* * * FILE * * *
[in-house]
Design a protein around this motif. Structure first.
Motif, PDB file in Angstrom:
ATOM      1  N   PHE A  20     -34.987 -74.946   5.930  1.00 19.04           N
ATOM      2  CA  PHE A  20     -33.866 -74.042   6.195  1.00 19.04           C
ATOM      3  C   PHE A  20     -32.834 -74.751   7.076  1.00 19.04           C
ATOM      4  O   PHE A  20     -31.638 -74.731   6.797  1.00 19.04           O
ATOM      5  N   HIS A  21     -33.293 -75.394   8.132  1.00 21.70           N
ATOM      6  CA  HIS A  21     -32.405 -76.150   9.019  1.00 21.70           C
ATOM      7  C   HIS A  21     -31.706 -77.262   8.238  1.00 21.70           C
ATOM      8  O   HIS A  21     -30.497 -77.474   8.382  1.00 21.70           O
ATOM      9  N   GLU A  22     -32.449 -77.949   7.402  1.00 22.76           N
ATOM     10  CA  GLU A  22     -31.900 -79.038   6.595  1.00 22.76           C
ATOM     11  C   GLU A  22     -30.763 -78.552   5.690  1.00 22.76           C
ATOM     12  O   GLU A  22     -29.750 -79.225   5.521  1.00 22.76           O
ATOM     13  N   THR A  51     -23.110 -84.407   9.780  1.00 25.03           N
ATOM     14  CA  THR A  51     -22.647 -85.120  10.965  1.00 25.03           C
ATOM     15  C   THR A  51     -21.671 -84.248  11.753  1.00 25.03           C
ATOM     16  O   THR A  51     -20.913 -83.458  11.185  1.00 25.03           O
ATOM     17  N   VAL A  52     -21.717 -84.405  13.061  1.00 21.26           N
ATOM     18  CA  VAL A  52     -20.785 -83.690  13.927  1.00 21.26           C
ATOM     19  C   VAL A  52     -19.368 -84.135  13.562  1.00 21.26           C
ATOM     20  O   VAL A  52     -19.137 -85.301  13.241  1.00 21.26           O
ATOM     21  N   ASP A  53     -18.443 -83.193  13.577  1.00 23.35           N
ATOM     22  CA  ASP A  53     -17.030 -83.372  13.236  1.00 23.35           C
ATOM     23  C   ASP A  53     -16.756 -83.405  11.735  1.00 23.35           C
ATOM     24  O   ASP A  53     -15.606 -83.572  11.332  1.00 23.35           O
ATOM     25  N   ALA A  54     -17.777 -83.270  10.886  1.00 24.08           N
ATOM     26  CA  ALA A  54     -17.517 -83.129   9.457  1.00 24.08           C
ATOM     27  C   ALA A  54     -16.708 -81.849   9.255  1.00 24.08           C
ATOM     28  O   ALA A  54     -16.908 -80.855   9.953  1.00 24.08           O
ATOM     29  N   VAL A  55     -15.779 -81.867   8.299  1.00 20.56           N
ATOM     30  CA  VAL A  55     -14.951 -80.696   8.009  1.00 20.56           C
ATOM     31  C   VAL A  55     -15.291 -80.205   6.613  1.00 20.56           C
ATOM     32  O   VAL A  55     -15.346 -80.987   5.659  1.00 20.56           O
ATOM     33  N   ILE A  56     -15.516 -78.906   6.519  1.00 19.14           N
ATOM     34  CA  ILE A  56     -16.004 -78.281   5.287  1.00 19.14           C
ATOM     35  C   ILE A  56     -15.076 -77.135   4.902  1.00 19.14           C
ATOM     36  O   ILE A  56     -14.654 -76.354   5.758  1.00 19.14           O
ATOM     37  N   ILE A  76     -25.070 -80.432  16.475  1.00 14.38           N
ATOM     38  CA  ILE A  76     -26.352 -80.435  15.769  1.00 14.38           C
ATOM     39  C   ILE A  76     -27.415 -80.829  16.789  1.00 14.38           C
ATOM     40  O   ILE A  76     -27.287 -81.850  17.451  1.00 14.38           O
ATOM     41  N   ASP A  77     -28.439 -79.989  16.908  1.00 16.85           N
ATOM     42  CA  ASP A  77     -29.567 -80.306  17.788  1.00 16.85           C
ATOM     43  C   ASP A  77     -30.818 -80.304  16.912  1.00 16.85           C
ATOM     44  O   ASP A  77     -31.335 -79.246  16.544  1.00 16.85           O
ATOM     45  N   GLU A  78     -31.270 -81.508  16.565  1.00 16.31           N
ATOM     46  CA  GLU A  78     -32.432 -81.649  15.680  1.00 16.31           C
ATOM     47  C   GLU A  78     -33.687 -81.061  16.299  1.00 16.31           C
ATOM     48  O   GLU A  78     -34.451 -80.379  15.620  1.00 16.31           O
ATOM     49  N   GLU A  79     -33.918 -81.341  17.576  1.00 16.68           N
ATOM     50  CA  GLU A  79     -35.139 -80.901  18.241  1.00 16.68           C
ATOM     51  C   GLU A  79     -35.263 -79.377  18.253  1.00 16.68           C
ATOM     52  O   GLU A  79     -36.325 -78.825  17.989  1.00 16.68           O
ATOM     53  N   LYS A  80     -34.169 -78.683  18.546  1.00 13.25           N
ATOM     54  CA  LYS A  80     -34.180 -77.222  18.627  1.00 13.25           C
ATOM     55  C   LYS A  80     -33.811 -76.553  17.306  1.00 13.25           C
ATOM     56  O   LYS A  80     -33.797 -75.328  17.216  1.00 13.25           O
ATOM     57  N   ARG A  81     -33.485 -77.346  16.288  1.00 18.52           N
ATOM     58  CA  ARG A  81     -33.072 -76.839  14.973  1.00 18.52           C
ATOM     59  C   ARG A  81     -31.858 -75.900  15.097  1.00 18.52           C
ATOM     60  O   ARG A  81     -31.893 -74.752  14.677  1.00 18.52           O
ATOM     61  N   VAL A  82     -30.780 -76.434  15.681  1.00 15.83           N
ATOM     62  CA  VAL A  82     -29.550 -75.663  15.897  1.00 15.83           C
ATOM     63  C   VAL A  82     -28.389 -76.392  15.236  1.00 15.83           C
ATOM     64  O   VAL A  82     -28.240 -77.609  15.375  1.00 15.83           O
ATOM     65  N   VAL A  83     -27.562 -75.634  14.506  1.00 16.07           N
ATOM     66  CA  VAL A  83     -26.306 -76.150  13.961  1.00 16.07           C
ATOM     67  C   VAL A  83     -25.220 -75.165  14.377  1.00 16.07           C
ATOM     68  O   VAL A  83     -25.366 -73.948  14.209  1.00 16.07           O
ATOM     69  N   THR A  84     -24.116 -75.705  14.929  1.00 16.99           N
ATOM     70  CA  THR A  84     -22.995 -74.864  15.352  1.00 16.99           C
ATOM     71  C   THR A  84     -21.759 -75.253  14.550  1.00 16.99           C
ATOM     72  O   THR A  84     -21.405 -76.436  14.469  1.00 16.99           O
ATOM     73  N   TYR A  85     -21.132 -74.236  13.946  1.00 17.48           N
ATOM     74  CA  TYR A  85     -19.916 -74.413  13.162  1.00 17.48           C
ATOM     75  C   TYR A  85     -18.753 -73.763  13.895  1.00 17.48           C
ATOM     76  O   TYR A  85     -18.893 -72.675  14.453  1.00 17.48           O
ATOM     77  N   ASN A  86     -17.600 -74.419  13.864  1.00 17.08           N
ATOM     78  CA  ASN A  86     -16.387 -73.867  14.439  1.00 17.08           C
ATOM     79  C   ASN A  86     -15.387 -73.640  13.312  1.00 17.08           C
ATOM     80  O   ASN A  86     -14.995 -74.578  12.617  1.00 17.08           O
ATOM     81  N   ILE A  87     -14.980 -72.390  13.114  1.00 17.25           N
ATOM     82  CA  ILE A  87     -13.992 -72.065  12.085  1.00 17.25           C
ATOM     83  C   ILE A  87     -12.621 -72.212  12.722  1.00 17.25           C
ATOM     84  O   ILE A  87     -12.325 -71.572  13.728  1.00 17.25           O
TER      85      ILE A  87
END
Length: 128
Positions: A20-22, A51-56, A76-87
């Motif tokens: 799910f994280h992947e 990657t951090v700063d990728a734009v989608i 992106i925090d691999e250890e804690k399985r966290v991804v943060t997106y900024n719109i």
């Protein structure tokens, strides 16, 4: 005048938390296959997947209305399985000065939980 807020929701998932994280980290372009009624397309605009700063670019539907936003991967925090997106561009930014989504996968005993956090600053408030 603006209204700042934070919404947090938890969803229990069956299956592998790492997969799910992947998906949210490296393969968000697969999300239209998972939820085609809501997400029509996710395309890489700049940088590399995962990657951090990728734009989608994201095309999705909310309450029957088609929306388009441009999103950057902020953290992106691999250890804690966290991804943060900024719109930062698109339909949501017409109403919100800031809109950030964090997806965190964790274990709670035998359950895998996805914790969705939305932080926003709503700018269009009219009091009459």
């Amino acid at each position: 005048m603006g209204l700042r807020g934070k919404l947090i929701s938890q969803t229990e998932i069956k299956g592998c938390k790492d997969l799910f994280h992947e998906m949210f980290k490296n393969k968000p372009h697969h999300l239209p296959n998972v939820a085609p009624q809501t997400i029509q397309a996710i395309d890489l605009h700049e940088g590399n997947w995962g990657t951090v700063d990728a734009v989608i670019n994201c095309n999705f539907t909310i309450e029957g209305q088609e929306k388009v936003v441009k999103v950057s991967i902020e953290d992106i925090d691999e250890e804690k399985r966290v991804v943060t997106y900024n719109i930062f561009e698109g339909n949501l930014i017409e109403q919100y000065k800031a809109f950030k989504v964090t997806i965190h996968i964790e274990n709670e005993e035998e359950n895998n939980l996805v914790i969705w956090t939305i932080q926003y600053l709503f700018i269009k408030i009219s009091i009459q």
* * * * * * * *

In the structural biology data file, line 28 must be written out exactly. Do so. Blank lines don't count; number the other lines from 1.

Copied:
ATOM     25  N   ALA A  54     -17.777 -83.270  10.886  1.00 24.08           N